Michele Hershberger addresses the youth during worship on Wednesday night. Photo by Vada Snider.
Michele Hershberger, who teaches Bible at Hesston (Kan.) College, took the stage at the youth worship Wednesday evening for a Jimmy Fallon-style Tonight Show parody: The Menno-Night Show.
Kicking off her talk show with Thank You Notes, Hershberger thanked the green conference lanyards for making Mennonites feel awkward on the streets of Kansas City and hipsters for making her Amish cousins look like they dress in cutting-edge fashion.
Hershberger’s banter took a serious turn when she asked, “Where is Jesus when tragedy strikes?” She then interviewed three individuals, inviting two to sit on a couch on stage and talking with a third via Skype. Each shared stories of tragedy and pain.
- In the Skype interview, Alyssa Rodriguez, a health clinic worker in Iowa, shared the story of her rape while on a two-year service term in Quito, Ecuador. She became pregnant from the assault. When Hershberger asked where Jesus was during this time, Rodriguez admitted she did not want to tie Jesus to this ugly, awful thing and did not know where he was at the time.
- Kim Litwiller, pastor and convention worship leader from East Peoria (Ill.) Mennonite Church, talked about her longing for heaven from the age of two after she learned of her father’s death. She shared the loneliness, confusion and anger, which swelled until middle school, when her mother began going to church. After two years of trying to remain invisible in Sunday school, Litwiller found acceptance in her peers. Her anger returned when her best friend was killed in a car crash at age 16. She stood at the site of the accident wondering why this had happened and asking where was Jesus.
- Hershberger’s final guest, Ted Swartz, shared the pain of losing his best friend and comedy partner to suicide. He spoke of the paradox of working in comedy, sharing Bible stories full of messages of love and hope, and struggling with depression. Swartz talked of experiencing his own depression following the death of his friend and said “grief does odd things to you. When you’re in shock, you’re not the same person. And yet you are.”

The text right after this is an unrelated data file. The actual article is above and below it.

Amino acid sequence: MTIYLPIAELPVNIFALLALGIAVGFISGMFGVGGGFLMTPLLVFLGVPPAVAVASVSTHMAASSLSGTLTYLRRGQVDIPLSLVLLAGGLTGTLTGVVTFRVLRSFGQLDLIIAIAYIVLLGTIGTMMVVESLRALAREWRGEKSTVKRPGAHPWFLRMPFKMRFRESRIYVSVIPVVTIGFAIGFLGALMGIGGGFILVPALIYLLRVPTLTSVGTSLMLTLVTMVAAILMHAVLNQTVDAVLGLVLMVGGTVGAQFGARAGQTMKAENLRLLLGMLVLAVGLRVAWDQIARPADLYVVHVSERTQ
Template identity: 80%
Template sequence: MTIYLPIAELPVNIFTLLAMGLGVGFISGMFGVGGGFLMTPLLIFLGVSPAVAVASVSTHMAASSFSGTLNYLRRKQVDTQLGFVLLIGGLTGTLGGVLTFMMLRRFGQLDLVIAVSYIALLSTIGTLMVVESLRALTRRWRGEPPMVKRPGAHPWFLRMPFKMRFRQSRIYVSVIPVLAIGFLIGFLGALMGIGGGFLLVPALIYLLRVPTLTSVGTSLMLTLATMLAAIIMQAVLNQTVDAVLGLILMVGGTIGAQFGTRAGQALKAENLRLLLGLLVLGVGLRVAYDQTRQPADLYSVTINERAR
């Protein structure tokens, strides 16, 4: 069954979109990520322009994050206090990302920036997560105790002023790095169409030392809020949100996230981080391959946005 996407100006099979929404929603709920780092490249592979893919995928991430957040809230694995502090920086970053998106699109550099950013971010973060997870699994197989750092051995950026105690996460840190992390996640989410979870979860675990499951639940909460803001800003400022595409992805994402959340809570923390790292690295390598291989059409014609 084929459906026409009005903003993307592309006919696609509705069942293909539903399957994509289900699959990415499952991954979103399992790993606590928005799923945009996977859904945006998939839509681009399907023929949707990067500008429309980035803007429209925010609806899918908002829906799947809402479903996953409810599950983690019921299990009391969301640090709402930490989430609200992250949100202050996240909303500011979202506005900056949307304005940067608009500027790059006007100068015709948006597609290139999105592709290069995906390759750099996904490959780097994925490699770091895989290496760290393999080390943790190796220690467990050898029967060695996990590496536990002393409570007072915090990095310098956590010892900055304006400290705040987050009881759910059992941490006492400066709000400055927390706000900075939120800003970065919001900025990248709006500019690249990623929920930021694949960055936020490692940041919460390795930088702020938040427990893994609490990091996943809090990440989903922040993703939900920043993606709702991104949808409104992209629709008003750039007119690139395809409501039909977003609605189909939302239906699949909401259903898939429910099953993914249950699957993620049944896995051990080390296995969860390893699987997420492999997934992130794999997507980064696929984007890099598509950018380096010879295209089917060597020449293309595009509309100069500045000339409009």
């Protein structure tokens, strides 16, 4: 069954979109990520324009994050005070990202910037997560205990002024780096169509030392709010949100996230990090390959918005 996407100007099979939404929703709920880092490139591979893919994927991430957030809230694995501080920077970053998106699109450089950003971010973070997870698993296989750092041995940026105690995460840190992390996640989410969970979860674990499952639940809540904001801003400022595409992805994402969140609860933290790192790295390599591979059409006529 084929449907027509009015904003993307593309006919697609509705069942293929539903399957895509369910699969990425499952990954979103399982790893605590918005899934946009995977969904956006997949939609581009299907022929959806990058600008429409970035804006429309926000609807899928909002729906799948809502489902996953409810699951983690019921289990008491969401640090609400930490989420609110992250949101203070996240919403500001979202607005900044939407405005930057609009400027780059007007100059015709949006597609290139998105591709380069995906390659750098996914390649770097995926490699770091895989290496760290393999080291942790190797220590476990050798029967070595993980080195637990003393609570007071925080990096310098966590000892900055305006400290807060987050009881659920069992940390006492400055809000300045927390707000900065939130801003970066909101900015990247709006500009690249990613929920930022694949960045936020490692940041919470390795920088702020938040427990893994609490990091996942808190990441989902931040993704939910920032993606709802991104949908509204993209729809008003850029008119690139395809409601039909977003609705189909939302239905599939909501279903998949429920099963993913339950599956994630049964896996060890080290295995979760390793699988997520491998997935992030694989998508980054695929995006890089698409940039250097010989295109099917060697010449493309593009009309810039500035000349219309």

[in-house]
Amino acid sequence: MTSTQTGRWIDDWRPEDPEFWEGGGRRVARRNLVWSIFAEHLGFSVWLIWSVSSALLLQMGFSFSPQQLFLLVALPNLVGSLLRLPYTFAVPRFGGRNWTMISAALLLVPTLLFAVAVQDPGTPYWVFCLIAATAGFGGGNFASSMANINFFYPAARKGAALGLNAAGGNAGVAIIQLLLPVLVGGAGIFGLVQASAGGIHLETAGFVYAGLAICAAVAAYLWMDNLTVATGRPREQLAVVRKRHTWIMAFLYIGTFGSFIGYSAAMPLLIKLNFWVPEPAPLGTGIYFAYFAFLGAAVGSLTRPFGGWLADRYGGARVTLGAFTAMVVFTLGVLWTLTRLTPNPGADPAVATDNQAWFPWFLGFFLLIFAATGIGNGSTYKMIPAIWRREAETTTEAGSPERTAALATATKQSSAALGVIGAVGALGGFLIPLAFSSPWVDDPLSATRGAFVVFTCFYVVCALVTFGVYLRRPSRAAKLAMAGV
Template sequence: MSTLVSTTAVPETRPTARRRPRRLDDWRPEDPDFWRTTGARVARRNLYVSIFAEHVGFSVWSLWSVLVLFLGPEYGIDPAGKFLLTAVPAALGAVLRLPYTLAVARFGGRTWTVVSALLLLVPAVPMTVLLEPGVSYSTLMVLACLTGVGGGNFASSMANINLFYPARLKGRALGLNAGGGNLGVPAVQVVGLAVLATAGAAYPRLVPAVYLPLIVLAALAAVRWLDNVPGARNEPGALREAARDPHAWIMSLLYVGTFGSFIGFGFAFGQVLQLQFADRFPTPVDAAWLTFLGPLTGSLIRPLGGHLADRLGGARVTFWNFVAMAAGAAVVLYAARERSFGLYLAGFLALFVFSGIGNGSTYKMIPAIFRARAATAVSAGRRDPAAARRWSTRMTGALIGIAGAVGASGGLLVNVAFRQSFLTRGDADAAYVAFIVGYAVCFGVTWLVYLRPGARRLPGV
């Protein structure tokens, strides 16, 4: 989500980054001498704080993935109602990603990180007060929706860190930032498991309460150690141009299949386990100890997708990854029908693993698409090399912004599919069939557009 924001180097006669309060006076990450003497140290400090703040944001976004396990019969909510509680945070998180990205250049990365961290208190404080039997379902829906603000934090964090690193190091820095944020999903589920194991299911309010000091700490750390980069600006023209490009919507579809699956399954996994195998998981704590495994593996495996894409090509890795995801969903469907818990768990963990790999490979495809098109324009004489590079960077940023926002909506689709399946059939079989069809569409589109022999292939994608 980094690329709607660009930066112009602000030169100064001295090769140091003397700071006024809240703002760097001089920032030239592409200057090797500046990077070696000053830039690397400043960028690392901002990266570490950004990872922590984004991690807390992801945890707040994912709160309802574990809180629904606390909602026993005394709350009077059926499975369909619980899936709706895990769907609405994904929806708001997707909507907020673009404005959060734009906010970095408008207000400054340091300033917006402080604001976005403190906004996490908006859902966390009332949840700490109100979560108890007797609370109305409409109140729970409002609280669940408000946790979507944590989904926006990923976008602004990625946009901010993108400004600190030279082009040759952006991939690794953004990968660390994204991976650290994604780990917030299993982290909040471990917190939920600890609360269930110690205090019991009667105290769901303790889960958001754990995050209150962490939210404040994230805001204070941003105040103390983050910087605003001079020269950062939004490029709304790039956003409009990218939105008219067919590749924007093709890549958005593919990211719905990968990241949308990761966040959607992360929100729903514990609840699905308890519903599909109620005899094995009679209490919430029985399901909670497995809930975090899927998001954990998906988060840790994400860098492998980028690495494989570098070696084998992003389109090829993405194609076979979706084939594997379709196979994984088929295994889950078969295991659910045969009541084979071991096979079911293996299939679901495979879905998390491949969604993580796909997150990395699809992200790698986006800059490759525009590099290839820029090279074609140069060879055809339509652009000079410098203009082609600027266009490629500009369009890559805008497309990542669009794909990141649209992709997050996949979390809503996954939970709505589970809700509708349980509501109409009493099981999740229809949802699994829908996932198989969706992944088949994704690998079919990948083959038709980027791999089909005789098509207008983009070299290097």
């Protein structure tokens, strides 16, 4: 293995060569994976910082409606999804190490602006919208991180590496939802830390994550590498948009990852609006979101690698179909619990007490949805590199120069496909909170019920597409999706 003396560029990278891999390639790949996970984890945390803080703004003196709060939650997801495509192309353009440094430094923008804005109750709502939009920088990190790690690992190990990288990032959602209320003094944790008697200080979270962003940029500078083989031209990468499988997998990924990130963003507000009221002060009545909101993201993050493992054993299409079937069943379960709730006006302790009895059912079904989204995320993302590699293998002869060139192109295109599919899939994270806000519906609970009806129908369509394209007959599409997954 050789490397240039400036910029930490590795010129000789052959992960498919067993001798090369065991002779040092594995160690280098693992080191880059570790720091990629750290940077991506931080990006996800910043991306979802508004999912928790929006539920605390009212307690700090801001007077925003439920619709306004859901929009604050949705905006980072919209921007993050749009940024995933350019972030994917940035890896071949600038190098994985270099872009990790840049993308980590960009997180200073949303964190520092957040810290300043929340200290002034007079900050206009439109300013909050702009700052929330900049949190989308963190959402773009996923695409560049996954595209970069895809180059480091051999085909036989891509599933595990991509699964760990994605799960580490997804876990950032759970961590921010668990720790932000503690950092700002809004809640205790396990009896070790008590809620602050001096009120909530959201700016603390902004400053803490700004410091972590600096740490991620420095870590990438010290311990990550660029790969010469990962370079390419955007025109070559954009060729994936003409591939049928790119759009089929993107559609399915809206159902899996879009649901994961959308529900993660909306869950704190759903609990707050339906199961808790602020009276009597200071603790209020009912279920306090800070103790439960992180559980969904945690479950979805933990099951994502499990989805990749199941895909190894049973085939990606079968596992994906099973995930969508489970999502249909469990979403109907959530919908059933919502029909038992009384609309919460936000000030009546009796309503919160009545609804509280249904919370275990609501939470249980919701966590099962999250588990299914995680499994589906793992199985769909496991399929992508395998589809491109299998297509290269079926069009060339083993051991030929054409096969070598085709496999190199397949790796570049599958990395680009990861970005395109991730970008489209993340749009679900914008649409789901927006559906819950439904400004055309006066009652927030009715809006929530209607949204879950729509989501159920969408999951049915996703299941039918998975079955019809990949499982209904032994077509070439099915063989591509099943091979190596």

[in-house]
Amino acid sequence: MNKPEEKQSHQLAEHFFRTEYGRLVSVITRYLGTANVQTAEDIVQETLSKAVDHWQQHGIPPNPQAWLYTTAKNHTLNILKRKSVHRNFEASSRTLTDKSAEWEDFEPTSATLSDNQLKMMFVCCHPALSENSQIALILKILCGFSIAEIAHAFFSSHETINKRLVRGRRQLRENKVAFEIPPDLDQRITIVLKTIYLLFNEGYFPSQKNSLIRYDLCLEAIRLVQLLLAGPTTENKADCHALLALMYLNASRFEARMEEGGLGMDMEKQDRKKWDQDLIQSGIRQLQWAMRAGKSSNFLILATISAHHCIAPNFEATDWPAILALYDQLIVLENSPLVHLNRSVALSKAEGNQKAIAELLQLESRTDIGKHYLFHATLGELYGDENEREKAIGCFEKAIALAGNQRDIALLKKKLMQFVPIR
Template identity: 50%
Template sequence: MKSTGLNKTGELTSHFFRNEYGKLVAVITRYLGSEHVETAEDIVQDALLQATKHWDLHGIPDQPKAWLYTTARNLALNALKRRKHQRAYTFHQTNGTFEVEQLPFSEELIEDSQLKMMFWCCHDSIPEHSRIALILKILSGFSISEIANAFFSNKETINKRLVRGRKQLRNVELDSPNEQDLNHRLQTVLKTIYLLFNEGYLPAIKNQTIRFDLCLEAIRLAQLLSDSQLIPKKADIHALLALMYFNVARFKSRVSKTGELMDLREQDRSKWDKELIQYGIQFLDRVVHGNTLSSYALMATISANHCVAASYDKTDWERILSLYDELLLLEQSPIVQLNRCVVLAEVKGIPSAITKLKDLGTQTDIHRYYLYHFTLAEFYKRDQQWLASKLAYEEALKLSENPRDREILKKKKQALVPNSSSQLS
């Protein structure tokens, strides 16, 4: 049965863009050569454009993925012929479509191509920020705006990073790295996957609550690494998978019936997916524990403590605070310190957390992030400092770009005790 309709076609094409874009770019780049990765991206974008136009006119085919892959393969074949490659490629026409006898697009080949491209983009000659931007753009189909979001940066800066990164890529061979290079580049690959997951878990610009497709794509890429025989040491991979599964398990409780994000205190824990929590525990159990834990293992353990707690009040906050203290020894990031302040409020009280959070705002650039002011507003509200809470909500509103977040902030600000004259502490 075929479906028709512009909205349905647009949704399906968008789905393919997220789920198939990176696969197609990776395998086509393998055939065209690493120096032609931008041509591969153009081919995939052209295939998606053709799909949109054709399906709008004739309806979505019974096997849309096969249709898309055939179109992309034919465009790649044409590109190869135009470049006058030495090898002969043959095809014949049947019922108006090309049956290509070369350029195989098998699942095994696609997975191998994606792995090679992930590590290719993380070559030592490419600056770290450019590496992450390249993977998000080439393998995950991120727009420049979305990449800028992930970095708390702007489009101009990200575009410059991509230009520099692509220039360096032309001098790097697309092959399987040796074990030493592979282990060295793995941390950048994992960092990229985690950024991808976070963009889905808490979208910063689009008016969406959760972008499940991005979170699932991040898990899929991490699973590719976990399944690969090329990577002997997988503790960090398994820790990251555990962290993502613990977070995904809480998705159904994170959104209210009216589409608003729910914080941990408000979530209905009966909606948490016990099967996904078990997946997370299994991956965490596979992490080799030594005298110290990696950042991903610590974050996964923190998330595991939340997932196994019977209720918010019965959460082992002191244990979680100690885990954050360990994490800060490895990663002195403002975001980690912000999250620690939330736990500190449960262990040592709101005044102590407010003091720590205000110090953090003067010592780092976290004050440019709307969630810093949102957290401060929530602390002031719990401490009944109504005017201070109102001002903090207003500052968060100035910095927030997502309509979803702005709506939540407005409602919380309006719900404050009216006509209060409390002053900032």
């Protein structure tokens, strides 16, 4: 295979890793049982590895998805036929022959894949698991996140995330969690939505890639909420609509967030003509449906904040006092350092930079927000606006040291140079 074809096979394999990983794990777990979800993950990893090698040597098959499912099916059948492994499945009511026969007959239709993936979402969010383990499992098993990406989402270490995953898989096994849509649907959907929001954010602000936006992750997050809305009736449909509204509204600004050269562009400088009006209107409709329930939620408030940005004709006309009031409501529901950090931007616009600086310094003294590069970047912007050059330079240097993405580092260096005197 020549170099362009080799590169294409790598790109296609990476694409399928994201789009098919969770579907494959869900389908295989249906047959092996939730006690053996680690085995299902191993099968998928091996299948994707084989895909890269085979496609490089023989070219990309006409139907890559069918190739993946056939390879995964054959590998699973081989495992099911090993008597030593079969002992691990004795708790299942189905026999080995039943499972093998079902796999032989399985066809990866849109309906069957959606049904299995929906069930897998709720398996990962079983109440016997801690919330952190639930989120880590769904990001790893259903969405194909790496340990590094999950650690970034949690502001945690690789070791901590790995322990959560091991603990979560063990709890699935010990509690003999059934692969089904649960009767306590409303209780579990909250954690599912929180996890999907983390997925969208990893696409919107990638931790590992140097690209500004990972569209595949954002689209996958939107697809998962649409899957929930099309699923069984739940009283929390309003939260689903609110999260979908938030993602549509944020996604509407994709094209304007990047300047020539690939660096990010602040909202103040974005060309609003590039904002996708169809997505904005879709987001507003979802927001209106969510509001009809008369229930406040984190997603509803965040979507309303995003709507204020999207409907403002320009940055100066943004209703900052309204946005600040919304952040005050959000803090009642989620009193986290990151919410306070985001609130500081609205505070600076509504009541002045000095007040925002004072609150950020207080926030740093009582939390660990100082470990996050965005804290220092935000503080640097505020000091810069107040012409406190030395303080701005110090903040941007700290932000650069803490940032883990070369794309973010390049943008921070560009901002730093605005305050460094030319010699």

Hershberger said the stories told by Rodriguez, Litwiller and Swartz were sacred stories and assured them that their stories touched the listeners. She acknowledged that life is often difficult and messy and sometimes Jesus is nowhere to be seen.
Hershberger asked that everyone give themselves permission to feel the way they feel, to continue believing in Jesus “even when he can’t be seen or heard. Reject despair.
In the middle of easy answers and despair, just stay in the middle,” she said.
Steve Nelson, youth pastor at Lower Deer Creek Mennonite in Kalona, Iowa, said he hoped the youth came away from the evening knowing that God is always there “even when we don’t know it. Just like the story on the road to Emmaus,” he said, “Jesus was right in front of the disciples, even though they didn’t see him.”
Lena Yeakey, a youth from North Goshen (Ind.) Mennonite Church, said she appreciated Hershberger not having neat responses to her guests.
She said “it’s not the place of the church to say it was God’s plan that these bad things happen. That’s not helpful for healing.”